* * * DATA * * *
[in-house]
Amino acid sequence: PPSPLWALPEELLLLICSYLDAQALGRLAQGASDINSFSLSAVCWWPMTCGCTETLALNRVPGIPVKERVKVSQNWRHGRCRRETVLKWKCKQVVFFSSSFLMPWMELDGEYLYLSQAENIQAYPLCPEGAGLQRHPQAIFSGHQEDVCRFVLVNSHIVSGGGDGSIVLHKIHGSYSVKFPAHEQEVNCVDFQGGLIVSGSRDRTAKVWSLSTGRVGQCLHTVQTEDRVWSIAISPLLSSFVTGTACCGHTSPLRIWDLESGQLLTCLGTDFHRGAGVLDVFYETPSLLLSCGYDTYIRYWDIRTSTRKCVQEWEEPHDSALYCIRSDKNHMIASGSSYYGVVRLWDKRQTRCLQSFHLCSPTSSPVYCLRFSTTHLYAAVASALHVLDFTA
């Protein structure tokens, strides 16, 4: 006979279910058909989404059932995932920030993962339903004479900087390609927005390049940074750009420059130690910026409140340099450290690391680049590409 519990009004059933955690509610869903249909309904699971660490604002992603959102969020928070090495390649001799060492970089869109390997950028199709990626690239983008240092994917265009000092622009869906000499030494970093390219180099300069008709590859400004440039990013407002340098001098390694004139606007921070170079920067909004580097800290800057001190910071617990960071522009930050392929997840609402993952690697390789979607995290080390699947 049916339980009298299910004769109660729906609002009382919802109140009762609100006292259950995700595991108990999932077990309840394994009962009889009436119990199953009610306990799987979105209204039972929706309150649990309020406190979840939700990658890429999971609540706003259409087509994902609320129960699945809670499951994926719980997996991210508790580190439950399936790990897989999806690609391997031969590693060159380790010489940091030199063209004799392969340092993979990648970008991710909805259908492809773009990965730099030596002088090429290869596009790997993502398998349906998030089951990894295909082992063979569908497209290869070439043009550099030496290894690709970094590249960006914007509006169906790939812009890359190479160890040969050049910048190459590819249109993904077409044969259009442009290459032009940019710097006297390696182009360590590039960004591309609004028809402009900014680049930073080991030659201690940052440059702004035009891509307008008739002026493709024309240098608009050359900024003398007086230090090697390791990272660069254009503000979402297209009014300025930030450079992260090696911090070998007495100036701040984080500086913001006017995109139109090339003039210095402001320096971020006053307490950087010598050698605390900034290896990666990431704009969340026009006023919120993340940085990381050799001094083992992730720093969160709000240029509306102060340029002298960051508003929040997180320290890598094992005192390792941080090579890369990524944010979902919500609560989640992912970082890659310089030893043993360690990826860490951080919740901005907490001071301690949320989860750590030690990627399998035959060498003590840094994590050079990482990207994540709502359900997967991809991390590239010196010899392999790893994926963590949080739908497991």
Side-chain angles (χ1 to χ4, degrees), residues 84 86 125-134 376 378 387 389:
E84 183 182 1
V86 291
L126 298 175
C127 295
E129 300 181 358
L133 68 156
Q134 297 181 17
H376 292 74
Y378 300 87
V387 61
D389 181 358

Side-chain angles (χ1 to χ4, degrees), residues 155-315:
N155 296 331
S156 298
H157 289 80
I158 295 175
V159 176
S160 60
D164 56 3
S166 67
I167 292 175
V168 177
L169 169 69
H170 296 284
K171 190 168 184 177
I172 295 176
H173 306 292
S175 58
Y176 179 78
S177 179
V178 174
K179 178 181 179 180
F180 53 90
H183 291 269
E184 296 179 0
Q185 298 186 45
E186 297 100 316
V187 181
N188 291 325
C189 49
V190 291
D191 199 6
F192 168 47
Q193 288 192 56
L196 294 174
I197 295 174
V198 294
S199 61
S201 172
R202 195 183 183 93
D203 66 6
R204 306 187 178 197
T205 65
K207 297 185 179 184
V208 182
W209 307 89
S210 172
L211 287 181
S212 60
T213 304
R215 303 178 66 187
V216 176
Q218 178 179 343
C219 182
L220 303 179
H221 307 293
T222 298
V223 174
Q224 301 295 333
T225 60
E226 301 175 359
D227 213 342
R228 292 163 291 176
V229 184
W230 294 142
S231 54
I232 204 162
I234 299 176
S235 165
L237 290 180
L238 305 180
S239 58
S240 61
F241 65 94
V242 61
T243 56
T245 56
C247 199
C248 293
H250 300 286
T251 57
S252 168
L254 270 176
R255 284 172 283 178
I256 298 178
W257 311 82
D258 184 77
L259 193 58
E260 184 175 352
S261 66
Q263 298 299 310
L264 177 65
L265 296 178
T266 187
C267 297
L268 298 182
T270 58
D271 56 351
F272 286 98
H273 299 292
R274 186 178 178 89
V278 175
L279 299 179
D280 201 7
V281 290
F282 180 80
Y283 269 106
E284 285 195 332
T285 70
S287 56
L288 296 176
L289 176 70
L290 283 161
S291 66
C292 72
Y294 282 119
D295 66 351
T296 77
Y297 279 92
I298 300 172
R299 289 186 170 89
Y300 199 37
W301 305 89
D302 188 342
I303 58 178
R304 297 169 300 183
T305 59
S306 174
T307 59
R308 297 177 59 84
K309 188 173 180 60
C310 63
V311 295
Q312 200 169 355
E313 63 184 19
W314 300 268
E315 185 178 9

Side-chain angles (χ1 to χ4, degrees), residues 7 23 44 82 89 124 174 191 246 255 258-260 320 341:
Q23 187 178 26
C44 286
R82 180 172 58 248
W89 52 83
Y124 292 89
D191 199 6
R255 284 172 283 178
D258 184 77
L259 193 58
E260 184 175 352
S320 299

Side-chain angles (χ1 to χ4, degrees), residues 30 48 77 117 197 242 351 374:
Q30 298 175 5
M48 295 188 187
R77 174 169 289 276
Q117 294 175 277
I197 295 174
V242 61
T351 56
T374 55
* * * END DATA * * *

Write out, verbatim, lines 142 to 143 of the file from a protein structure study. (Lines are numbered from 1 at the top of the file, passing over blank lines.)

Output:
S306 174
T307 59